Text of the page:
It seems appropriate timing that just a couple days after Folsom groundbreaking gay playwright George Birimisa will be at the Main Branch of the SF Public Library tomorrow night, reading one of his plays, accompanied by drag queens. A new anthology of his work entitled Portraits, Plays, Perversions has just been published by Sweetheart Press and features some of Birimisa's own favorite pieces as well as contributions from friends and rivals alike. Good dirty fun.
Whenever I do one of my long weekends in another city I always come back to the Bay Area with a renewed energy for all the amazing art and culture going on right here in my own backyard, and the way I'm feeling post-Chicago is no exception. This weekend I took advantage of the gorgeous weather and hoofed it from one end of the city to the other, taking in street fairs and art installations alike. Because I'm feeling lazy (and a little woozy from all that sunshine) here on a Sunday night I'm distilling the highlights down to bullet points instead of doing full write-ups for each one. You will quickly notice that food and drink constitute a strong theme:
Tour de Fat in Golden Gate Park - One New Belgium Hoptober golden ale. To benefit the SF Bike Coalition and the Bay Area Ridge Trail, naturally.
Expo for Independent Arts in Golden Gate Park - A chatty stop by the KALX table, and a free scoop of chocolate chip cookie dough ice cream from Ben & Jerry's thanks to a random benefactor.
Altered Barbie at Shotwell 50 Studios - Always a fun show, but Alis Cumming's creepy-cool voyeuristic photos of dolls in compromising positions (one of which is pictured above) genuinely knocked my socks off.
On an entirely unrelated note, I finally saw Alfonso Cuarón's 2001 film Y tu mamá también this week, and really the only mystery is why I waited so long considering how much I love Cuarón and Gael García Bernal (and Diego Luna too). The movie thrusts you, as it were, right into a hot sex scene, and that particular motif definitely continues throughout this coming-of-age tale. But Cuarón also integrates a healthy amount of social commentary as the best friends played by Bernal and Luna road trip through the Mexican countryside with the beautiful Maribel Verdú, pausing in poor rural towns and slipping past military roadblocks. As he did so effectively in Children of Men the director utilizes some of his crazy single-shot sequences here too, in one never cutting away as the car weaves in and out of traffic, a ribald conversation continues amongst the passengers, and the gorgeous landscape flows by. It is exactly that easy mix of the raw and the transcendent that makes the film one of the best I've seen. And did I mention all the hot sex?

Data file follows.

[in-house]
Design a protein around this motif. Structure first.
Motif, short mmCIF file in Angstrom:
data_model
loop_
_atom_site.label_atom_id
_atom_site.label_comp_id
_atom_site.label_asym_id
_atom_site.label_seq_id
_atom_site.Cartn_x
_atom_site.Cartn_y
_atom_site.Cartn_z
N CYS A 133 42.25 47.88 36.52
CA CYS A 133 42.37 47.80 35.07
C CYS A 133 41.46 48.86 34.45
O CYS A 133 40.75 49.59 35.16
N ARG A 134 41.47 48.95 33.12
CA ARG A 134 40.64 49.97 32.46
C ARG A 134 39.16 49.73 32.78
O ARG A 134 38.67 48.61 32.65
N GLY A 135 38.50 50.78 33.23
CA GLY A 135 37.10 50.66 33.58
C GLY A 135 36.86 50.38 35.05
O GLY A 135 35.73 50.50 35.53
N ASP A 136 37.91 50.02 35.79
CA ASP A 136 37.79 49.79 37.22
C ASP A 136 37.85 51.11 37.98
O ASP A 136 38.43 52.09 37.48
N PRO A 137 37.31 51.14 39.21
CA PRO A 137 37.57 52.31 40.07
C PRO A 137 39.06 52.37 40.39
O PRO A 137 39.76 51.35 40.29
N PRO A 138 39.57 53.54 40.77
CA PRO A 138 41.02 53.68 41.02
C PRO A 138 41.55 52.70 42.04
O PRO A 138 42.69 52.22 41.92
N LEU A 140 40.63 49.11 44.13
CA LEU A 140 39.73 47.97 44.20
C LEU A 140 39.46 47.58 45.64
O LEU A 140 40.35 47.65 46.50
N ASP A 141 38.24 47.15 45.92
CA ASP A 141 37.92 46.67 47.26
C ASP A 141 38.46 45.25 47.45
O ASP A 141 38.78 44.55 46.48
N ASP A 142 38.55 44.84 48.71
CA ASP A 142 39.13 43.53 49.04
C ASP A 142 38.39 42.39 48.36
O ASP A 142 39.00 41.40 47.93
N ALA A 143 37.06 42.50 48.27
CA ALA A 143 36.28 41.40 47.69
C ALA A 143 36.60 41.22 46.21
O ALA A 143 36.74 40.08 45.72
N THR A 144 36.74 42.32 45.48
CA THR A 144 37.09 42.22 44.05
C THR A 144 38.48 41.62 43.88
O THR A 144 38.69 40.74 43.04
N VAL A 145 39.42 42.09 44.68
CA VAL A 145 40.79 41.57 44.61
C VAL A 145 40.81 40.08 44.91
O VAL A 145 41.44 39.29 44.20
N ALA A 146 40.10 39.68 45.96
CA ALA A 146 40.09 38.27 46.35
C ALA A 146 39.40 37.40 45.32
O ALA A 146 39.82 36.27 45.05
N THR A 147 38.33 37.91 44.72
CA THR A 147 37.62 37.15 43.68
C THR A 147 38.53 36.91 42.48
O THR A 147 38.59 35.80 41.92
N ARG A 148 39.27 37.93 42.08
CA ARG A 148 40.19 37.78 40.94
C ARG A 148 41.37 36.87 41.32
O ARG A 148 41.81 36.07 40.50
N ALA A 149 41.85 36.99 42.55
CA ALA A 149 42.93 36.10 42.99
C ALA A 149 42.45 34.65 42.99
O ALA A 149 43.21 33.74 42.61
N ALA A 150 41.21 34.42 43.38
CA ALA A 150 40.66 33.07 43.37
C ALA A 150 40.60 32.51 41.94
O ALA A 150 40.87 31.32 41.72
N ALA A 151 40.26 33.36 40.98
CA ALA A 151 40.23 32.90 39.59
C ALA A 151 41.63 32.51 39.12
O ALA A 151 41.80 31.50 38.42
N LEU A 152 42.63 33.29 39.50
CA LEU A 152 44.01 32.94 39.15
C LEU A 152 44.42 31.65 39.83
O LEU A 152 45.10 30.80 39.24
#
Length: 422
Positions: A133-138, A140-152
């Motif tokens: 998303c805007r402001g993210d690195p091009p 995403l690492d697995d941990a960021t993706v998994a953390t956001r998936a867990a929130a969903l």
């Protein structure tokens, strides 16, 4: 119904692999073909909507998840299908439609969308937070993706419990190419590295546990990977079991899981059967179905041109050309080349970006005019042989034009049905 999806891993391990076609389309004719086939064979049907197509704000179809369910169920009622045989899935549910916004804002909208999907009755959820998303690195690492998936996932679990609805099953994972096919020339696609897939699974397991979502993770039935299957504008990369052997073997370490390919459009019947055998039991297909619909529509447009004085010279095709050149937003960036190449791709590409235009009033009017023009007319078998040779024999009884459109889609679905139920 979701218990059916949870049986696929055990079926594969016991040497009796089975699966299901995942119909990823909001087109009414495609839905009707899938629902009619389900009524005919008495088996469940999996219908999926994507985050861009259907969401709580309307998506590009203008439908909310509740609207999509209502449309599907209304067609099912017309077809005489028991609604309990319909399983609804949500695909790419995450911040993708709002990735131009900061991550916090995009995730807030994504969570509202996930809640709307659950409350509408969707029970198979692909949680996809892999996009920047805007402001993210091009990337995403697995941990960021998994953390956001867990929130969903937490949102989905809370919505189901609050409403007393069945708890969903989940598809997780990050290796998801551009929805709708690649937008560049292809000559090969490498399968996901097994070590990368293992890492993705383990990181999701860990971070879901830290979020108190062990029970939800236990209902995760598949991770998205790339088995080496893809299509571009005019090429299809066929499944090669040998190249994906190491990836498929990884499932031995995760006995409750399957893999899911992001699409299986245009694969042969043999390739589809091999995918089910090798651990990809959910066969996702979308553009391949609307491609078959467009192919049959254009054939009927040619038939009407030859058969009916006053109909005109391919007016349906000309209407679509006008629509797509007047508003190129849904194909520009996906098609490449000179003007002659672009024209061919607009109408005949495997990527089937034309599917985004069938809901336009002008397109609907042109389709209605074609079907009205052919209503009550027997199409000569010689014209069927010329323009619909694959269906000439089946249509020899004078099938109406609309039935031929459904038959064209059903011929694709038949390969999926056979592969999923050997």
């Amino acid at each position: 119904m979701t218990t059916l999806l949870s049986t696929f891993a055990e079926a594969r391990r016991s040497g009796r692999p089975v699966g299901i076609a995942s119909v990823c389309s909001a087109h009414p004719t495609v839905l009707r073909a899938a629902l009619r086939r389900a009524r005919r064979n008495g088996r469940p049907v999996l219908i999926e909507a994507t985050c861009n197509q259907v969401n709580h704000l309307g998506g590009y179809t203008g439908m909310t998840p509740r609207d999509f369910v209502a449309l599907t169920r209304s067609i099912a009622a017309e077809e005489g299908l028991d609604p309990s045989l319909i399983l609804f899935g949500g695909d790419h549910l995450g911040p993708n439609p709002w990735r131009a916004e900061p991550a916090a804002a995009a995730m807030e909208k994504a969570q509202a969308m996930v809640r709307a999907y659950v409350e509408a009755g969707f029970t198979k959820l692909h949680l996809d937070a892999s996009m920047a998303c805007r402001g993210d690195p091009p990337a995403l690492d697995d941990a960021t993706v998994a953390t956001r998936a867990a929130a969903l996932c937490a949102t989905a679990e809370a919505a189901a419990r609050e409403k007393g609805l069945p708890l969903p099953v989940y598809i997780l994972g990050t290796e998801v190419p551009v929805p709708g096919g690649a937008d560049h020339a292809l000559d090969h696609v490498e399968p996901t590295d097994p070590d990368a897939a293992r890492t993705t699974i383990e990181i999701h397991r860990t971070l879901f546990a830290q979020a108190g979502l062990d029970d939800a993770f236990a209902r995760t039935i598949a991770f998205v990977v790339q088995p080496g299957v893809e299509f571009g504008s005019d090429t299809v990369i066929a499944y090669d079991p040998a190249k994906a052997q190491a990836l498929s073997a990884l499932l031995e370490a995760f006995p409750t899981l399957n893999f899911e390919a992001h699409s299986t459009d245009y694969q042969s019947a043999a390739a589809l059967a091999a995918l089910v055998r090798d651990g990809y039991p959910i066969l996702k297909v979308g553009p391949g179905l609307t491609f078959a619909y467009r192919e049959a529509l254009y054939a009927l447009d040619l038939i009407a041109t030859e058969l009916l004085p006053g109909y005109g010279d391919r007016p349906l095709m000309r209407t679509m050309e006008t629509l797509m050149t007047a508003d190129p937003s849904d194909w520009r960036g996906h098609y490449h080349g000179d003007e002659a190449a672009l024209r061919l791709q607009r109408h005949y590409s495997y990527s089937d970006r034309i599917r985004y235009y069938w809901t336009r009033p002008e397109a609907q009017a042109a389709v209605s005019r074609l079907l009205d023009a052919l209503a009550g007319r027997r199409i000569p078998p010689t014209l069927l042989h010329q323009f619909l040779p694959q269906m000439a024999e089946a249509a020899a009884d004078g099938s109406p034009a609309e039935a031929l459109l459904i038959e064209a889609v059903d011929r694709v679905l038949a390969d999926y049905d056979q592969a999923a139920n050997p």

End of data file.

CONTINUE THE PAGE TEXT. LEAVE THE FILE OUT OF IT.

Wednesday -mental soundtrack --> High Castle -good thing I gave myself those extra 20 minutes that came in handy when I put my car keys through Carol and Dan's mail slot without actually first getting my bags out of my locked trunk...sorry for waking you up at 4 in the morning, friends! -running into John Benson on my flight -the Tuscan Room at the Wicker Park Inn -white port cocktail with fresh berries + cheddar biscuits with sea salt and honey butter + cheddar melt on pumpernickel with honey syrup + warm Colombian chocolate ganache and muscavado sugar meringue tart stuffed with chocolate soufflé accompanied by salted caramel ice cream and housemade pretzels at Hot Chocolate -a Newcastle and laughing so hard I almost choked at Second City during their searing collection of mostly-political sketches America: All Better! -noise, glorious noise from Mincemeat or Tenspeed and others at the Mopery, an awesome warehouse space hidden behind one very nondescript door